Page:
Before Ryan becomes Sweeney, he goes through a 15- to 20-minute warmup. The show is so vocally demanding, he couldn’t sing the show without it.
“I have to do everything I can to be prepared,” Ryan said.
He also uses a steamer before he begins the show, which isn’t uncommon among his senior class.
“It’s a little device that has a mask and blows steam in your face,” Ryan said. “It’s the most immediate way to moisturize your vocal chords.”
Putting all the pieces together
In the final week before the show opens, the cast must adjust to the presence of the orchestra. In rehearsals previously, the performers were used to finding their cues from the piano.
“Now suddenly you’re not getting your cue from the piano anymore,” Purdy said. “You’re getting your cue from, say, the second violin.”
Maze sits in the center of the orchestra pit, where she has a view of the spinning set, the industrial set pieces and most importantly, whoever’s singing.
“Who doesn’t want to conduct ‘Sweeney?’” Maze said.
The overwhelming consensus is that the challenge of Sondheim is something to be celebrated.
“As complex as Sondheim’s music is, what makes him so brilliant is that he’s able to express such simple human experiences through such wacky music,” Purdy said.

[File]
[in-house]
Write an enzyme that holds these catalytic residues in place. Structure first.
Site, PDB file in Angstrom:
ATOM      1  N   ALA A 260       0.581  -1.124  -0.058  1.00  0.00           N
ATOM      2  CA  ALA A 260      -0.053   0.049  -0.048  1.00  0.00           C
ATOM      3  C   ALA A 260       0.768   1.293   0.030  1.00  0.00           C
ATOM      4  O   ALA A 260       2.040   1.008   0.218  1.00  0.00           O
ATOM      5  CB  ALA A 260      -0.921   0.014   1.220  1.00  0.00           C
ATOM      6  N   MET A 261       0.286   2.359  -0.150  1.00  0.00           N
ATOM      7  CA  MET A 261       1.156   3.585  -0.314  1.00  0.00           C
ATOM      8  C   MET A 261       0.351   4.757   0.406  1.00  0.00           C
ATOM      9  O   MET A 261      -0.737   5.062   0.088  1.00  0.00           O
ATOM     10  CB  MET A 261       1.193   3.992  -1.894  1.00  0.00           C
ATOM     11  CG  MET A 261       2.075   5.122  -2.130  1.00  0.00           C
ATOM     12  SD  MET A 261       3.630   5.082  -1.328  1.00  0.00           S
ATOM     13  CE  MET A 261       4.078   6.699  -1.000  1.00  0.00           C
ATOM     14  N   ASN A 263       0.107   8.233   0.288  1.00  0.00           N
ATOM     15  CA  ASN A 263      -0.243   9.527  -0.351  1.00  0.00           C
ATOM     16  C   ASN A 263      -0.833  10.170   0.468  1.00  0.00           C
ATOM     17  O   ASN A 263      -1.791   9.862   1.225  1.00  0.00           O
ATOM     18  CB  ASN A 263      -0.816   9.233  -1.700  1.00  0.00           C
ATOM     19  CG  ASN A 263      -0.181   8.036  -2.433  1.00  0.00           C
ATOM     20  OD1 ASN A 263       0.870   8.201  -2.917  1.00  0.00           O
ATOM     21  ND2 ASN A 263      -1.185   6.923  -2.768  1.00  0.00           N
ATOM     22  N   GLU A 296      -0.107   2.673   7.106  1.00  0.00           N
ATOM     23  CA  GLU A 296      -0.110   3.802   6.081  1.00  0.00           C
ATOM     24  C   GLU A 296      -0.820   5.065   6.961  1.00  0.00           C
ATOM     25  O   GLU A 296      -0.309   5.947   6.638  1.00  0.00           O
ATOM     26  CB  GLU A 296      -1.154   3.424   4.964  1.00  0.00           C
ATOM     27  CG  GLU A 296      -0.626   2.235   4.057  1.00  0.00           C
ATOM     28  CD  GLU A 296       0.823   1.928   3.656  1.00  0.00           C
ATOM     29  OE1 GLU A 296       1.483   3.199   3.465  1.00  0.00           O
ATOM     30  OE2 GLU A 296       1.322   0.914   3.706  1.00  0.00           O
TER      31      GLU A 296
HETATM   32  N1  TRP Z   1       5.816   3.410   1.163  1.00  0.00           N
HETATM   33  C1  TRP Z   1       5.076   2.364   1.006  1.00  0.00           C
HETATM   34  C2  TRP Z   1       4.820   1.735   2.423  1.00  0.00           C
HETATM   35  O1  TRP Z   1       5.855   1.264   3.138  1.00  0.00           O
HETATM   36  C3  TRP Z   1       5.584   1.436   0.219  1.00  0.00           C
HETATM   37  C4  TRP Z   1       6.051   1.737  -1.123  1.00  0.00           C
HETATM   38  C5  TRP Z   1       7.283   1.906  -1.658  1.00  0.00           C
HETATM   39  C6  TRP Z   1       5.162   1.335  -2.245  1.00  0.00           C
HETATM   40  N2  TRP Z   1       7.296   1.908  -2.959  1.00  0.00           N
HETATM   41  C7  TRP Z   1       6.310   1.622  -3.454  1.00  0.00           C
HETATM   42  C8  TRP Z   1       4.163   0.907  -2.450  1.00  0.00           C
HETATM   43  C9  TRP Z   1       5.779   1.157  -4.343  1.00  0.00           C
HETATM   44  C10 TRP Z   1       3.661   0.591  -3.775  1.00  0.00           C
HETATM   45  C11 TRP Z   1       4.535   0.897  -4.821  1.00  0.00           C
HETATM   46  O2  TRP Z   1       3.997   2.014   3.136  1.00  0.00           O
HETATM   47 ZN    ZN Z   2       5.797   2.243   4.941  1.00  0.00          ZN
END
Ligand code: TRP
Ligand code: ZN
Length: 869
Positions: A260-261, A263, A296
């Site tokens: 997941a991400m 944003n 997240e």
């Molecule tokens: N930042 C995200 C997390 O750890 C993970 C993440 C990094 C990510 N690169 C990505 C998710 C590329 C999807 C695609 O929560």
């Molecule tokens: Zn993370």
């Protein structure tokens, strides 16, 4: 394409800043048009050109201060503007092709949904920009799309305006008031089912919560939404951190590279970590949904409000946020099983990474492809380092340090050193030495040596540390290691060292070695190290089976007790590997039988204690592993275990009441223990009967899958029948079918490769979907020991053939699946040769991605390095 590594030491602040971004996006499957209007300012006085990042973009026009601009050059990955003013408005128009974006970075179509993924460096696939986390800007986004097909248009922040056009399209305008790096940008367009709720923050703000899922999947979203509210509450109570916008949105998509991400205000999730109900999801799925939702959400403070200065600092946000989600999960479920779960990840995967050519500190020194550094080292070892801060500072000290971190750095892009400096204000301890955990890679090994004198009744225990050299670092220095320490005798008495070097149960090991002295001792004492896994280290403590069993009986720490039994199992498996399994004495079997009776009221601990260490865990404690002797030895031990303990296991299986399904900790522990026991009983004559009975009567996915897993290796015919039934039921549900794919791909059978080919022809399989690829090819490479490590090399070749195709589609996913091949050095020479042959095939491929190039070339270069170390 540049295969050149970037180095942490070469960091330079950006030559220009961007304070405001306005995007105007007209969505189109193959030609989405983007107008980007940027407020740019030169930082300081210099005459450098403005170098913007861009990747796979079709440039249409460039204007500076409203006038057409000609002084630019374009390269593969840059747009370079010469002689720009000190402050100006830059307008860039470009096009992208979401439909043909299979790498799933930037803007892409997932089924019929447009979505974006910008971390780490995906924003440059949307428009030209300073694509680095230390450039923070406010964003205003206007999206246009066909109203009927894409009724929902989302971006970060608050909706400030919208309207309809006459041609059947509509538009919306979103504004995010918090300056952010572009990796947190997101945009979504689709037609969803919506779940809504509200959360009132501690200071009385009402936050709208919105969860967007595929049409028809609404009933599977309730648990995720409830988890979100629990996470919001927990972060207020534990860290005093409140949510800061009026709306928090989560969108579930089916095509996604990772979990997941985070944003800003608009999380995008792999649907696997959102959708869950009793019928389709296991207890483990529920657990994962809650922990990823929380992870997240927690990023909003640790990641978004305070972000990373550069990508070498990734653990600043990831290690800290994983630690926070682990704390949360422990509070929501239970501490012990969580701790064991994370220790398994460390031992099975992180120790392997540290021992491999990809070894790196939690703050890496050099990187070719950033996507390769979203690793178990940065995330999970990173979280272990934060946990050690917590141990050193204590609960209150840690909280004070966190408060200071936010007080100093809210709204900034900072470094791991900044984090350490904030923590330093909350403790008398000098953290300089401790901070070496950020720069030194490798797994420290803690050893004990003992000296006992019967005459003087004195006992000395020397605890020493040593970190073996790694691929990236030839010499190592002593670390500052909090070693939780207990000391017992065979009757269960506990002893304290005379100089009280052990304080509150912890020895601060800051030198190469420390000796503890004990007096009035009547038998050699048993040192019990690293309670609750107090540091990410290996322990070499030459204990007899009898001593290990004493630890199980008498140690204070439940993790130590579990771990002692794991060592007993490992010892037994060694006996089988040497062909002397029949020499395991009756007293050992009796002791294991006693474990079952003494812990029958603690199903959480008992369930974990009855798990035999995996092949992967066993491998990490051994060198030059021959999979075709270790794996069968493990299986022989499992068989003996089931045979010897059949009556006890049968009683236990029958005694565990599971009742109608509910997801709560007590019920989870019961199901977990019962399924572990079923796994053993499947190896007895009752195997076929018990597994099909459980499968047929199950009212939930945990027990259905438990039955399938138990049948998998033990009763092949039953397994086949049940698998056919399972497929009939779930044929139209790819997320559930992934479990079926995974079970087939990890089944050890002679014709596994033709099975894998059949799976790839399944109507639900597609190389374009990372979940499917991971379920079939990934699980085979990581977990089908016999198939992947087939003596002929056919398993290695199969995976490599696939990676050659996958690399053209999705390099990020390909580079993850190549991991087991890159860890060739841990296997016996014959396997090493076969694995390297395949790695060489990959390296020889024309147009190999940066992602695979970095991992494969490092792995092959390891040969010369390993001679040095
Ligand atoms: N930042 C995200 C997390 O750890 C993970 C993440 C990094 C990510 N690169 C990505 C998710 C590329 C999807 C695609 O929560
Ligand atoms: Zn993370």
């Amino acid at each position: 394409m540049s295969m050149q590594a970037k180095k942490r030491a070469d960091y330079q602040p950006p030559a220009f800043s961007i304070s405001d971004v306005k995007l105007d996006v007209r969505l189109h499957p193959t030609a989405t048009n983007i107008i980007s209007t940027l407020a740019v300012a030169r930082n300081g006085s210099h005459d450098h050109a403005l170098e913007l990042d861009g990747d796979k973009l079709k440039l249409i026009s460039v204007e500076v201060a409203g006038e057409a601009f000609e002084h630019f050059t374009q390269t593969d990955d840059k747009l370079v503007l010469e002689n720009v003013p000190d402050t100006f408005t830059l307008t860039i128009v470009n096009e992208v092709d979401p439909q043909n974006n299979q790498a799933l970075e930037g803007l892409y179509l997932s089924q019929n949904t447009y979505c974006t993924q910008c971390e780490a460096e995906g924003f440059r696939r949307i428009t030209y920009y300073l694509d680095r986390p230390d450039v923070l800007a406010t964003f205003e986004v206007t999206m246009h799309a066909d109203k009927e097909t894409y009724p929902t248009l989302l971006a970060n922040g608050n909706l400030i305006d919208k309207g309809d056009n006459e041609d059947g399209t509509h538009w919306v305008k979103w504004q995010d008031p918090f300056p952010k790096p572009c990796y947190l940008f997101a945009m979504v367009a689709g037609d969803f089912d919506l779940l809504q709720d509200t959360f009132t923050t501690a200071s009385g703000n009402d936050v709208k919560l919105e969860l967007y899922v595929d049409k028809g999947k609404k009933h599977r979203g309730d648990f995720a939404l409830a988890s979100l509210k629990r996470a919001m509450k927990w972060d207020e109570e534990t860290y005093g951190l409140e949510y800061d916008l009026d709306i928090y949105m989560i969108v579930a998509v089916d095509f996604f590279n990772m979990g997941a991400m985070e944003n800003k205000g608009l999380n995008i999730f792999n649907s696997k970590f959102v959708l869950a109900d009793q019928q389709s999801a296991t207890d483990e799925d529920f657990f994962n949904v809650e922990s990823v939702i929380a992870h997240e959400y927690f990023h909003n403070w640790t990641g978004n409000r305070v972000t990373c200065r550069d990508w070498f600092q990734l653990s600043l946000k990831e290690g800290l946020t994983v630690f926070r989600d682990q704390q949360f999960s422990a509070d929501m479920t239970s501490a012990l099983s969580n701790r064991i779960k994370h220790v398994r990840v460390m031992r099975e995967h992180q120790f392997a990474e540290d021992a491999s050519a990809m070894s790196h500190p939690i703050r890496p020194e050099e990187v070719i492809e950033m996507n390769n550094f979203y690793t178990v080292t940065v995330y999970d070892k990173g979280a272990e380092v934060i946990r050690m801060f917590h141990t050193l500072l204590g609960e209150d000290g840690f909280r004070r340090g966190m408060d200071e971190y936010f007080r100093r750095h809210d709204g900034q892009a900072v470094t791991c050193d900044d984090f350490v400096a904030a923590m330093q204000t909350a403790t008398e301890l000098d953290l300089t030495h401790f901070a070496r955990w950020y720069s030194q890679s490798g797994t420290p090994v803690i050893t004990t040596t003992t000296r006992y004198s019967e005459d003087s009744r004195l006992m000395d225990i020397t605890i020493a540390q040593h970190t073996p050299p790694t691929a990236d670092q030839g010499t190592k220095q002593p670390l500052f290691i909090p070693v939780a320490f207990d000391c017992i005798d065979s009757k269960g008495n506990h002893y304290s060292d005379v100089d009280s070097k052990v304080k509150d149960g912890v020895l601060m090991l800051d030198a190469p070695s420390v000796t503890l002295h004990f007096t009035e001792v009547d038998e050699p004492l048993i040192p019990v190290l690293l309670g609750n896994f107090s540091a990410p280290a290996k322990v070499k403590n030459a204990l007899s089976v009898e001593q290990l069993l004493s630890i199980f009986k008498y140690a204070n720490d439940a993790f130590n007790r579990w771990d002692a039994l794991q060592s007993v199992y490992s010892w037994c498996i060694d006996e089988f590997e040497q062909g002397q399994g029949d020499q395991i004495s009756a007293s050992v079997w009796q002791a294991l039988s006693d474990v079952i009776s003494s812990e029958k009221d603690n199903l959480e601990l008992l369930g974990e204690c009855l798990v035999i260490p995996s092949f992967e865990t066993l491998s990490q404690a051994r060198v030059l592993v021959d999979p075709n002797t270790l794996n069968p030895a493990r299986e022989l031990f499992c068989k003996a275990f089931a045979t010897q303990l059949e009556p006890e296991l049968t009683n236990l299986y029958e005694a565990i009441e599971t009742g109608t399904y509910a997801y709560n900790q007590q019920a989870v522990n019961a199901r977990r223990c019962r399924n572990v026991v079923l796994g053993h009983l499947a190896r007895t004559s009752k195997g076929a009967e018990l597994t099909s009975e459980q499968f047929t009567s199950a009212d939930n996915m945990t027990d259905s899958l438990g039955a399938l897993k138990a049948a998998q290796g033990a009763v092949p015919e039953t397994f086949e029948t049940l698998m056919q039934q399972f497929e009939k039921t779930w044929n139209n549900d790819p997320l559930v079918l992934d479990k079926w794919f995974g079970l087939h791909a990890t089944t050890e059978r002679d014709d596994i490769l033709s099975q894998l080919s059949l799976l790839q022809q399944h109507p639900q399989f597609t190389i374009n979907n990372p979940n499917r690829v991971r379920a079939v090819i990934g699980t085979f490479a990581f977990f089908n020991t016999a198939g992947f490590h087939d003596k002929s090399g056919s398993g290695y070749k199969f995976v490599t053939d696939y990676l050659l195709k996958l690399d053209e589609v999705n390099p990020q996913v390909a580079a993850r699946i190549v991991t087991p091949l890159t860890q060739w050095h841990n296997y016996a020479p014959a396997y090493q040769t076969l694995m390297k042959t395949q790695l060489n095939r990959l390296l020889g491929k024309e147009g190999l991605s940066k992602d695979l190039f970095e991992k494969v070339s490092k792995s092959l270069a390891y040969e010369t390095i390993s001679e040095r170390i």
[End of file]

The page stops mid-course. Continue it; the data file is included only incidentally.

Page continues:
Purdy said he almost cried the first time he heard it all together. Assistant director and junior Jasmine Nicole Walters has chills every time. Falshaw gets goosebumps just thinking about it.
“When you’re behind the table, it’s like you see it from a different lens,” Walters said. “It all makes sense. Like, 'That’s why the music director would tell me to sing it this way.' You learn a lot about storytelling.”
Gearing up to perform
It’s clear during these last few rehearsals — between calls of “wrong organ music,” ringing bells, questions of “When should this fade out?” and Dollak’s quick scales — that each step of the process, collectively, honors Sondheim’s work by telling Sweeney’s story.
“It’s crunchy, but it’s on purpose,” Flowers said. “You hear it, and it tingles the back of your spine.”